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Bank loans to small businesses are rising

Commercial and Industrial Loans are a good measure of bank lending to small and medium-sized businesses, the ones that don't have easy access to the huge corporate bond market. After two years of a severe contraction, in which C&I loans shrunk by 25% ($400 billion), a rebound is finally underway. Over the past three months, loans have risen at a 6.1% annualized pace, after zero growth for most of the second half of last year. It's still small potatoes in the great scheme of things, but it nevertheless marks an important inflection point. Instead of shunning new lending, banks are now expanding their balance sheets; instead of deleveraging, businesses are now in the mood to borrow.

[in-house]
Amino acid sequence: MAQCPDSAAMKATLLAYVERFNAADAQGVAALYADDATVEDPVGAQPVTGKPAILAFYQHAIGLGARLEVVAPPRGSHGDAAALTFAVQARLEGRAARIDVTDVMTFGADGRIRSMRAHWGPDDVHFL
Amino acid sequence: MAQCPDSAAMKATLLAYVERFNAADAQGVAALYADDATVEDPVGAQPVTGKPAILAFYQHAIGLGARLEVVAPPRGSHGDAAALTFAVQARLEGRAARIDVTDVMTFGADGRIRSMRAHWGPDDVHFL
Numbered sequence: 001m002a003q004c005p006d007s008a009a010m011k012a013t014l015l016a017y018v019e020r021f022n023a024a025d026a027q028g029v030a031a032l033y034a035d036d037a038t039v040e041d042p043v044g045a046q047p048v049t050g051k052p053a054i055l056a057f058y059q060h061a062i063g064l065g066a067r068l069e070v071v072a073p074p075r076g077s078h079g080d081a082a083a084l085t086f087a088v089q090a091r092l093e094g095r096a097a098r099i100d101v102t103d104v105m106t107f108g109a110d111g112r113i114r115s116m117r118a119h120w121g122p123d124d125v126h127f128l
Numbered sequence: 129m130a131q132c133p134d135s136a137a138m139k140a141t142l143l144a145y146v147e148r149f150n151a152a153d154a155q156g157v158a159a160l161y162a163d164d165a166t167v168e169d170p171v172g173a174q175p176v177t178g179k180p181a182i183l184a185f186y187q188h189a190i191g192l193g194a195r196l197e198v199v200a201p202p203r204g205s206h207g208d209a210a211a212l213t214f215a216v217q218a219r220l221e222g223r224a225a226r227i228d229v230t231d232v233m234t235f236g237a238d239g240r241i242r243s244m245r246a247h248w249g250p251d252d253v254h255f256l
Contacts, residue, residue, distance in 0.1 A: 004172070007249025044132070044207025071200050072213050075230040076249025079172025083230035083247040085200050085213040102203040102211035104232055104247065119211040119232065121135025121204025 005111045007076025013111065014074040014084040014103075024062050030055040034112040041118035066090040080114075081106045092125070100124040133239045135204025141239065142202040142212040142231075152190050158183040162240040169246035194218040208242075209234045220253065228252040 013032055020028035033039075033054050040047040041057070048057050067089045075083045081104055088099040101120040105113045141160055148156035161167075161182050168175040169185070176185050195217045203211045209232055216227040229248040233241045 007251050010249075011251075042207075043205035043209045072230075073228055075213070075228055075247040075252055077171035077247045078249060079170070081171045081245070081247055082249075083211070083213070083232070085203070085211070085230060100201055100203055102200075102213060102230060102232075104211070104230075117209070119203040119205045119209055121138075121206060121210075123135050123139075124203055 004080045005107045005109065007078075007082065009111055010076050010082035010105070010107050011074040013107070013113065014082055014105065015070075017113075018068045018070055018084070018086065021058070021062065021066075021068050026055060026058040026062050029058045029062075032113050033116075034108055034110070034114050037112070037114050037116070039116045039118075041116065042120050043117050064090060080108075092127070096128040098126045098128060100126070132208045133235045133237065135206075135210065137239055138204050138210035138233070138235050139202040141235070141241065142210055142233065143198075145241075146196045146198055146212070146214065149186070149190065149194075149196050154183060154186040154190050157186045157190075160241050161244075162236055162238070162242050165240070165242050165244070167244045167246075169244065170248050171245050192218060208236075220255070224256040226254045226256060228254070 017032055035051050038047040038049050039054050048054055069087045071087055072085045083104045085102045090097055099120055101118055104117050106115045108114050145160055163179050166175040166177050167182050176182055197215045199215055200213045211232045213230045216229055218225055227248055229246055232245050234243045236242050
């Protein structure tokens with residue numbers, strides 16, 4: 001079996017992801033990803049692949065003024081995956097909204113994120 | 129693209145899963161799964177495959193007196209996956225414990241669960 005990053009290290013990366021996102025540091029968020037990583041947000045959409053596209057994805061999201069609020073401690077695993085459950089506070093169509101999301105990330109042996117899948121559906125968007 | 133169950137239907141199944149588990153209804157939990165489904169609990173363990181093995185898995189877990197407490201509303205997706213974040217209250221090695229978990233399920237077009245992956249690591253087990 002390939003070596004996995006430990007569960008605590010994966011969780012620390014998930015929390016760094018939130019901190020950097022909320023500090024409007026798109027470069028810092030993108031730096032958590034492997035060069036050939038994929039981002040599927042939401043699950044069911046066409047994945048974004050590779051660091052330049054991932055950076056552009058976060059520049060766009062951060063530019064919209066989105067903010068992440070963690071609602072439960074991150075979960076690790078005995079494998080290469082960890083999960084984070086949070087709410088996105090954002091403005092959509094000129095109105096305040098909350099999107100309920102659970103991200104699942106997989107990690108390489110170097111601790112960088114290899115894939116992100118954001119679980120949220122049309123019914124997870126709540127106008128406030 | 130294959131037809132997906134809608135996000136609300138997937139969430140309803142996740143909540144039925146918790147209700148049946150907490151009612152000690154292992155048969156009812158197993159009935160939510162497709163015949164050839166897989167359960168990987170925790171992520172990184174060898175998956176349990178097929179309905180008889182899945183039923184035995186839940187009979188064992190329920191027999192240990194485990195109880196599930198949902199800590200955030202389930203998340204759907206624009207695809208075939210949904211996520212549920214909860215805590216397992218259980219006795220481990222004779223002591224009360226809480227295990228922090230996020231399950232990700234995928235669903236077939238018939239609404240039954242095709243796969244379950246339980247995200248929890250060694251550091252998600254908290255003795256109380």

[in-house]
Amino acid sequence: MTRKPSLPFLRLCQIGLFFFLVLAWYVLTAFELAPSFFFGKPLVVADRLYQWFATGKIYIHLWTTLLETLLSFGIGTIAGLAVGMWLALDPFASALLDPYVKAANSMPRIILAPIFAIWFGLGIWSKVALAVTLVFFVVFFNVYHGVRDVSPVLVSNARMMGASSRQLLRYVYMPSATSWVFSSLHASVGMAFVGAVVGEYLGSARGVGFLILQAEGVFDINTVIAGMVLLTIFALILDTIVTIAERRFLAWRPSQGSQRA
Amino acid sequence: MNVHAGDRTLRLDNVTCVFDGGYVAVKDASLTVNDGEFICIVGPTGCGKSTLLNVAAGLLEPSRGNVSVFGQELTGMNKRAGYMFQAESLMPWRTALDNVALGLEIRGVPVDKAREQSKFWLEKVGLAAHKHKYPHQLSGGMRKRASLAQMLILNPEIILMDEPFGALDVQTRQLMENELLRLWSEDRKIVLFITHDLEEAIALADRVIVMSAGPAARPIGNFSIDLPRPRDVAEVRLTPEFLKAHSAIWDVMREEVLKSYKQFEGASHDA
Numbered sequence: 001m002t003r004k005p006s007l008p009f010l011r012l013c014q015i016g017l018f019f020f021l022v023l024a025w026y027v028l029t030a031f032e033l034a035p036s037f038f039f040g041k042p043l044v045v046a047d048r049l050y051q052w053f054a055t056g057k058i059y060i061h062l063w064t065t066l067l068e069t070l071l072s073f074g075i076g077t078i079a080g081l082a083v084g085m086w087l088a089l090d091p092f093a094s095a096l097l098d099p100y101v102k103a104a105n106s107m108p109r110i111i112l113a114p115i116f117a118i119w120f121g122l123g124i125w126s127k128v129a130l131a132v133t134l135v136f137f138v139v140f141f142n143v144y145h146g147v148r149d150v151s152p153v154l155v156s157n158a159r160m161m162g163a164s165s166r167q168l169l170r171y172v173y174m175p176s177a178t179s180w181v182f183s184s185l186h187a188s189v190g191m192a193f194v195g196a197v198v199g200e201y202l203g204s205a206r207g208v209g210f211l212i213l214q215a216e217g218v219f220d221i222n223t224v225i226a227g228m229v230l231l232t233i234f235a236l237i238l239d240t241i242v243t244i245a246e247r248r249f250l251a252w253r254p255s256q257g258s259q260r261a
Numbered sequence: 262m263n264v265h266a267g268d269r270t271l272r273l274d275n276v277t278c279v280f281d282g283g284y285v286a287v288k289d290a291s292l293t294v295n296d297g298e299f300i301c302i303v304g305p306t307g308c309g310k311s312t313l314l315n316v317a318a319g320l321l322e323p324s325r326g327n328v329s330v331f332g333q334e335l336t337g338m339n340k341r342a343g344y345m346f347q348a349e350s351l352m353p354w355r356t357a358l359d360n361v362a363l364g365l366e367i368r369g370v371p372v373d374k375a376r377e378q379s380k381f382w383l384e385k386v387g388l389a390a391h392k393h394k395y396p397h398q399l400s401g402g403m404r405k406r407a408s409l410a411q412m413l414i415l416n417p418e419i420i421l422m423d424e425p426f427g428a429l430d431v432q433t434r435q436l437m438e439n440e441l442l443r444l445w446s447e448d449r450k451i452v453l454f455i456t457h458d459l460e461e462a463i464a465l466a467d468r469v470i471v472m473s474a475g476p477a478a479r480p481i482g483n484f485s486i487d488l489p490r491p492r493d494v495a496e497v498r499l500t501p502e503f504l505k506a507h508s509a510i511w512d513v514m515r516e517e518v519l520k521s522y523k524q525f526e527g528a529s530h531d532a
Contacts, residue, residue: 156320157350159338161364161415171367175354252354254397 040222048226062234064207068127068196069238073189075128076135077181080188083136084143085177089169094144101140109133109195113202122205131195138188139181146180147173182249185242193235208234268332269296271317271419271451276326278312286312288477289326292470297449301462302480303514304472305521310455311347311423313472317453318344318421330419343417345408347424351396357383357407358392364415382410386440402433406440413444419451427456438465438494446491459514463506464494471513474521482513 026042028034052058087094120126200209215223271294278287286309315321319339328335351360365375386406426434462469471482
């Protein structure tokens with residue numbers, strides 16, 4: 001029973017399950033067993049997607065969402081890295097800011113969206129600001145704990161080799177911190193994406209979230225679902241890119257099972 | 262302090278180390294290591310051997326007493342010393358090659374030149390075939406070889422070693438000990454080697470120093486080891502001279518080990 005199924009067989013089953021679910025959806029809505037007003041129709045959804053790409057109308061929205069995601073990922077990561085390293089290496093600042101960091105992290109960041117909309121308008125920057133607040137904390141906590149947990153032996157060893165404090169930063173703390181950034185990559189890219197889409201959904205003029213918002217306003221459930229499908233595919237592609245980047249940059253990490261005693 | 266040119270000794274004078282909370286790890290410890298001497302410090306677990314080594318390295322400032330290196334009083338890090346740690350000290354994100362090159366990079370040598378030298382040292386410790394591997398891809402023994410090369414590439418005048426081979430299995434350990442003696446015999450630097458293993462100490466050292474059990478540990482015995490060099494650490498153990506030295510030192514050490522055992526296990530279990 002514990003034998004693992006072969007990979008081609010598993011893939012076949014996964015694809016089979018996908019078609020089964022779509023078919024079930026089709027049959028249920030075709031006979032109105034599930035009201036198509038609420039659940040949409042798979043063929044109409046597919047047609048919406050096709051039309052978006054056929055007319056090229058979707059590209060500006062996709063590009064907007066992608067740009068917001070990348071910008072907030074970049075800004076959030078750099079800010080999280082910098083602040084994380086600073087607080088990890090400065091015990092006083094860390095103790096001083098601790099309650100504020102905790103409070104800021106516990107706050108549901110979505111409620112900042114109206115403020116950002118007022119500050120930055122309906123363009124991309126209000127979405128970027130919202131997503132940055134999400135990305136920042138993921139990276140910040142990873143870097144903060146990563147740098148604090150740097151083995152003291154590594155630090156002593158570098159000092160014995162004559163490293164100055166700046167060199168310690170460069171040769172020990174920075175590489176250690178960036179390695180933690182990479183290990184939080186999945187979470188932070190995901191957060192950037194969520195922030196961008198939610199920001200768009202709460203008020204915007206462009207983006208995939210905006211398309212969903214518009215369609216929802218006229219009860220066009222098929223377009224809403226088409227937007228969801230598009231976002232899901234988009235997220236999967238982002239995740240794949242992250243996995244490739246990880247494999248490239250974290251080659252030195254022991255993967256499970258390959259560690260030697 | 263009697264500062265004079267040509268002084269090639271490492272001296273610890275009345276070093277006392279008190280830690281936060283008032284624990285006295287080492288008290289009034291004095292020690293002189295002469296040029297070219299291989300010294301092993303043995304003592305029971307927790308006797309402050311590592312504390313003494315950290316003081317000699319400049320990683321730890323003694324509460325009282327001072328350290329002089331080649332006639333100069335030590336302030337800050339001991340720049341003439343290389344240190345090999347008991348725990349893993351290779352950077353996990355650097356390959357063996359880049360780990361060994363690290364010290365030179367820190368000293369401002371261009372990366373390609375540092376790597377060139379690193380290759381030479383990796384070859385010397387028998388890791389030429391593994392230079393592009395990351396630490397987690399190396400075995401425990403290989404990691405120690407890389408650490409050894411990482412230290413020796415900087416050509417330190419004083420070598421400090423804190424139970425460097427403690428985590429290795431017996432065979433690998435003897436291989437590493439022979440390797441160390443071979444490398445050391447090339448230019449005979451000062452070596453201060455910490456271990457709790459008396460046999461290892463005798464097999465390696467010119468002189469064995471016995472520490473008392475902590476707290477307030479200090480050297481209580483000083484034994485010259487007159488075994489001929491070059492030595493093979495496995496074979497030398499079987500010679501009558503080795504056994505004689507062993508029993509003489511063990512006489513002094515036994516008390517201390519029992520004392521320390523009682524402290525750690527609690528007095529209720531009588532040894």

It should be clear from this chart that recoveries are not dependent on an increase in bank lending. Indeed, most recoveries in their initial stages are characterized by deleveraging, as companies shore up their balance sheets in preparation for renewed growth. So the message of the recent increase in C&I loans is not that the recovery is finally getting underway, it's that business balance sheets are healthier, business excecutives are more confident in the future, and banks are once again in the mood to lend. All of this will help sustain the recovery in the years to come.

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